Jack Kirby’s final work on the Fourth World characters was in Super Powers volume 2. This comic book was a 6 issues mini-series from 1985-1986.
The Super Powers comics were part of a massive promotional program to promote the toy line it was based off of. 3 volumes of these comics were created in total, with Kirby having a role in creating the first 2.
Kirby did most of the plotting and cover art on the first volume. In the second volume, he was responsible for the majority of the artwork, although the whole story has a very Kirby feel to it.
Where to read Super Powers Volume 2:
- The Jack Kirby Omnibus Vol. 2 or
- Super Powers digital comics not yet available
Previously – DC Graphic Novel #4: The Hunger Dogs
Volume 2 somewhat continues the story of Volume 1, but also surprisingly picks up where Kirby’s The Hunger Dogs graphic novel left off the Fourth World story. When I read Volume 1, I assumed it was in it’s own continuity, but Volume 2 made me feel like it was connected.
If there was any question whether it was in continuity, there are multiple references in the book to The Hunger Dogs. An early panel in issue #1 says “detailed in The Hunger Dogs graphic novel, by Jack Kirby”. This volume continues Darkseid’s story from where it was left off.
Darkseid was previously overthrown as ruler of Apokolips by a rebellion. With no place to rule, he sets his sights on Earth. He develops a scheme where he plants various “seeds” throughout Earth to reshape the planet more to his image.
The Super Powers/Justice League team of Martian Manhunter, Green Lantern, Batman, Flash, Hawmkman, Robin, Superman, Wonder Woman, Red Tornado, Firestorm, Green Arrow, Doctor Fate, and Aquaman work to stop him. In trying to stop the seeds, however, they are transported to various points in history.
- #1 – Seeds of Doom! – Darkseid wants find a new world to rule and targets Earth. Desaad sends Martian Manhunter and Aquaman back in time to do battle with the Knights of the Round Table.
- #2 – When Past and Present Meet! – Darkseid observes from his new headquarters on the moon while Kalibak the cruel fights with Green Arrow, Red Tornado, and Hawkman in prehistoric times.
- #3 – Time Upon Time Upon Time! – Wonder Woman, Green Lantern, and Doctor Fate are sent back in time to the year 1087 on Easter Island. While there, they have to fight the insect Mantis.
- #4 – There’s No Place Like Rome! – Superman and Firestorm are sent to the Roman Empire to battle with a real gladiator. Darkseid’s uncle Steppenwolf enters them into a gladiator match where neither is able to use his own powers.
- #5 – Once Upon Tomorrow! – Batman, Robin, and Flash are sent to the future and end up fighting Parademons. They see a world where they were not able to stop the seeds and Darkseid became the ruler of Planet Earth.
- #6 – Darkseid of the Moon! – The final battle for Earth occurs. Darkseid, Desaad, Kalibak, Steppenwolf, Mantis, and the Parademons battle with the Super Powers/Justice League team.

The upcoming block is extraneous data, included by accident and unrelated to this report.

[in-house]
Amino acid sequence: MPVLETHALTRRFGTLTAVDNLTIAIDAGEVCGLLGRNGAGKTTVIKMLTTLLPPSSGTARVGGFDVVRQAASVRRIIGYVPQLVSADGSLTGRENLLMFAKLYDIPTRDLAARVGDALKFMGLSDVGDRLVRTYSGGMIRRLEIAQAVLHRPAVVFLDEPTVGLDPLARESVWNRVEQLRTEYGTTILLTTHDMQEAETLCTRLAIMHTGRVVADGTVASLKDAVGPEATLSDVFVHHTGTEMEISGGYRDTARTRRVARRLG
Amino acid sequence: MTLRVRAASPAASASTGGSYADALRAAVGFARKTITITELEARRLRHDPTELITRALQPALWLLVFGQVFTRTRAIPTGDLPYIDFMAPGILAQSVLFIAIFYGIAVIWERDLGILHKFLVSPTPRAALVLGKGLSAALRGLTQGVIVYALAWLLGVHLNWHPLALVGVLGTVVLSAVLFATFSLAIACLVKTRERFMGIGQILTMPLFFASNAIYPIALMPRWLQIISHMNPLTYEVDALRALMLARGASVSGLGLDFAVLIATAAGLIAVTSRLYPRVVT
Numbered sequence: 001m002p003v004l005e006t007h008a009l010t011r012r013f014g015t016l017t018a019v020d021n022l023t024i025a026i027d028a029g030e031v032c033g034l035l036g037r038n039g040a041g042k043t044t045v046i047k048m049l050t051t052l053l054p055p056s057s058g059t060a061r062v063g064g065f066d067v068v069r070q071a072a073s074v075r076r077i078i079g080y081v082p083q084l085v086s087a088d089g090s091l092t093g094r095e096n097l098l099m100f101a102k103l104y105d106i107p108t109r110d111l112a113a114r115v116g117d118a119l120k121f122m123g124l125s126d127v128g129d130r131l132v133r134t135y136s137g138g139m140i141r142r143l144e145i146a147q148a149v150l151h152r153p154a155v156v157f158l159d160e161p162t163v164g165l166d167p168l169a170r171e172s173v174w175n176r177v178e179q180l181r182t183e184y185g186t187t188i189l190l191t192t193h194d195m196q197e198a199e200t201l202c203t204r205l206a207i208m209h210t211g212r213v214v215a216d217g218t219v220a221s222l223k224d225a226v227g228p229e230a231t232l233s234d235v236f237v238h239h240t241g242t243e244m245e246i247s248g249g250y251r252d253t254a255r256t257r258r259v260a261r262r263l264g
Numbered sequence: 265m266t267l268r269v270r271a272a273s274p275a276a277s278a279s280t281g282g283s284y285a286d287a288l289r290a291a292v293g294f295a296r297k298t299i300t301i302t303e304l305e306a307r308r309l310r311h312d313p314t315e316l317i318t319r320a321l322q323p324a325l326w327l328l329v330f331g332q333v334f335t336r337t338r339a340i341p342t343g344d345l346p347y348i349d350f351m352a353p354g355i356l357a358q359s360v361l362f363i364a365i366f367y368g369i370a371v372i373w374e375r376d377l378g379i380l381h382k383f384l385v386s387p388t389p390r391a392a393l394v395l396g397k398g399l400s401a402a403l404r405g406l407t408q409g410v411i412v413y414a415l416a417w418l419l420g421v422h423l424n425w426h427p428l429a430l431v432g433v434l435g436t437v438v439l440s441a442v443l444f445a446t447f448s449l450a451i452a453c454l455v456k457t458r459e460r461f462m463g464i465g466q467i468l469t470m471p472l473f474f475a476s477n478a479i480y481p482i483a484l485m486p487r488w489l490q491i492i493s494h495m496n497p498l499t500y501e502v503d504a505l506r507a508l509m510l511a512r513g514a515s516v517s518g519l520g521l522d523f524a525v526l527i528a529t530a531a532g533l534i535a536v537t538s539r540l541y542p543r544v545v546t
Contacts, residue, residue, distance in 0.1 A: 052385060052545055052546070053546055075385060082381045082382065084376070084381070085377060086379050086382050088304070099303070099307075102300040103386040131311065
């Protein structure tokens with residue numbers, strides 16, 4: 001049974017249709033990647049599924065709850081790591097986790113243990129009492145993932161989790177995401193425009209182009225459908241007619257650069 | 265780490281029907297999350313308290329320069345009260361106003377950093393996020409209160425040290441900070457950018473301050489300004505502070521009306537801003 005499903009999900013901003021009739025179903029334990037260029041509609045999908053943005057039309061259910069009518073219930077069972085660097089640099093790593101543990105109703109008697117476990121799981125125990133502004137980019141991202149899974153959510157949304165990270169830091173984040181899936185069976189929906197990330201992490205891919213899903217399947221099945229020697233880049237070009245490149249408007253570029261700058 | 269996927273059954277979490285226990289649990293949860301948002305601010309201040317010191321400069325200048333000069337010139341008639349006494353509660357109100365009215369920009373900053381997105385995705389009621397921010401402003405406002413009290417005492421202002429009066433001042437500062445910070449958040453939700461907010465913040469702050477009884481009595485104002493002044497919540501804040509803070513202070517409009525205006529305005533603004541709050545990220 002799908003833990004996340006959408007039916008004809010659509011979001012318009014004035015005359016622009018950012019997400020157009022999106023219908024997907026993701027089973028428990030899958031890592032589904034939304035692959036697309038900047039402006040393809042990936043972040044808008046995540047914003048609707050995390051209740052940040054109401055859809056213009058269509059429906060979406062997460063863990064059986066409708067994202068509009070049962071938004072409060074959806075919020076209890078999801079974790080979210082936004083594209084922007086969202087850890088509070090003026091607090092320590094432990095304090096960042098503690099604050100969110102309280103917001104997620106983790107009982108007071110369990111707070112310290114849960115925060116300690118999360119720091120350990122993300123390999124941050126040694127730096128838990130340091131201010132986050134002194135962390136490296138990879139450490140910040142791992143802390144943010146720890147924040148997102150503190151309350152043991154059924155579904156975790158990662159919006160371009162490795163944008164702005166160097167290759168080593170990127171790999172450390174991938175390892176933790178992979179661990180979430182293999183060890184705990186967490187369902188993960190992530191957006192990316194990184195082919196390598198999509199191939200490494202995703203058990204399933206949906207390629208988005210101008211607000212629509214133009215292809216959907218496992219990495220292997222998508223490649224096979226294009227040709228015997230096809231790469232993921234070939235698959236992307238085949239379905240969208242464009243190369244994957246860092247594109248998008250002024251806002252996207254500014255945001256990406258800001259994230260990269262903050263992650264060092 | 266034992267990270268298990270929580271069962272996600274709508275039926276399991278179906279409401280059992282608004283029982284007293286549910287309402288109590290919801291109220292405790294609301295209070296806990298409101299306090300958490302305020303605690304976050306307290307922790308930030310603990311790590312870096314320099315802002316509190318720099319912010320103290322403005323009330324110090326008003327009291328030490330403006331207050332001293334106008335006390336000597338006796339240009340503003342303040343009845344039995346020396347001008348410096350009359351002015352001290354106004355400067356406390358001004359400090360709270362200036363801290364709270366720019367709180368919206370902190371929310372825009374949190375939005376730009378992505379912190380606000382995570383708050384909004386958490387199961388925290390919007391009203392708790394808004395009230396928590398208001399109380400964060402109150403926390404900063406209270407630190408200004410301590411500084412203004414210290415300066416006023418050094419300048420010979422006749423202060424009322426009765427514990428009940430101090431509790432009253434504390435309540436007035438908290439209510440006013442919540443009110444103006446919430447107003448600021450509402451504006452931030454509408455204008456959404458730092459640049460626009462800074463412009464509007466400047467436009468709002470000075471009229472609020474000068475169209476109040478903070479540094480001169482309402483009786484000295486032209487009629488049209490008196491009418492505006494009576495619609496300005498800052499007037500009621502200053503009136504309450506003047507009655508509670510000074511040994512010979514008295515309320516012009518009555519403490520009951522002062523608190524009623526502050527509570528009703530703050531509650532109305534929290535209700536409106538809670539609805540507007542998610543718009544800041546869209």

For a comic book based on a toy line, Super Powers Volume 2 exceeded by expectations and seemed like a genuine improvement on the first volume. There are still somewhat ridiculous situations and unnecessary characters, but it is toned down from the previous installment.
That doesn’t necessarily make it a great collection, but it is better than I thought. The story is relatively straightforward and can be repetitive. The characters all seem to be written pretty well, although nothing that important happens to any of them. As a team-up event with no long-term ramifications, it is a pretty fun read.
The highlight by far is the return of Jack Kirby’s art. Many of the characters are redesigned from his previous Fourth World work. Many are minor modifications or clothing changes, but Steppenwolf in particular gets an entirely revamped look. It is a significant upgrade from his previous look. It’s also great to see him get a chance to draw the Justice League heroes.
The story as a whole feels much more Kirby-like than the first volume. That is surprising because Kirby received plot credit on the first volume, but only artwork credit on this volume. Darkseid’s scheme does seem much more like classic Darkseid.
I still don’t know that I could recommend this for non Fourth World fans. If you look at it as a crossover event, it’s just ok. But as a fan of the Fourth World, you’ll definitely want to see Kirby’s final work on some of his finest creations.
Fourth World connections
This volume also has more mentions to the larger Fourth World than the previous one. We get an early mention of a Boom Tube. We also get a fun addition when we see that Desaad is working on something called Star Gate. He has designed it to make the Boom Tube replaceable.
Most of the villains in these issues are based on Apokolips. While the first volume showcased Joker, Penguin, Brainiac, and Lex Luthor, all are absent here. Instead, Mantis, Steppenwolf, Kalibak, and the Parademons are all given a chance to shine.
It’s great to see more from those villains, even if some of them are defeated a little too easily. Darkseid is also handled pretty well here, as he devises a complex scheme that is a real challenge for the heroes.
I was disappointed again by the lack of any of the heroic characters from New Gods or Forever People. I know that the point is to promote the heroes from Earth. It doesn’t sit right with me though, that Darkseid is causing havoc on Earth and Orion and Lightray don’t even show up for a cameo.
Overall, this isn’t the most important story in the Fourth World saga. It is meant as a simple, but fun story that gives some of the lesser-known Apokolips villains a chance to star.
Follow along my Fourth World review – The Jack Kirby Fourth World reading order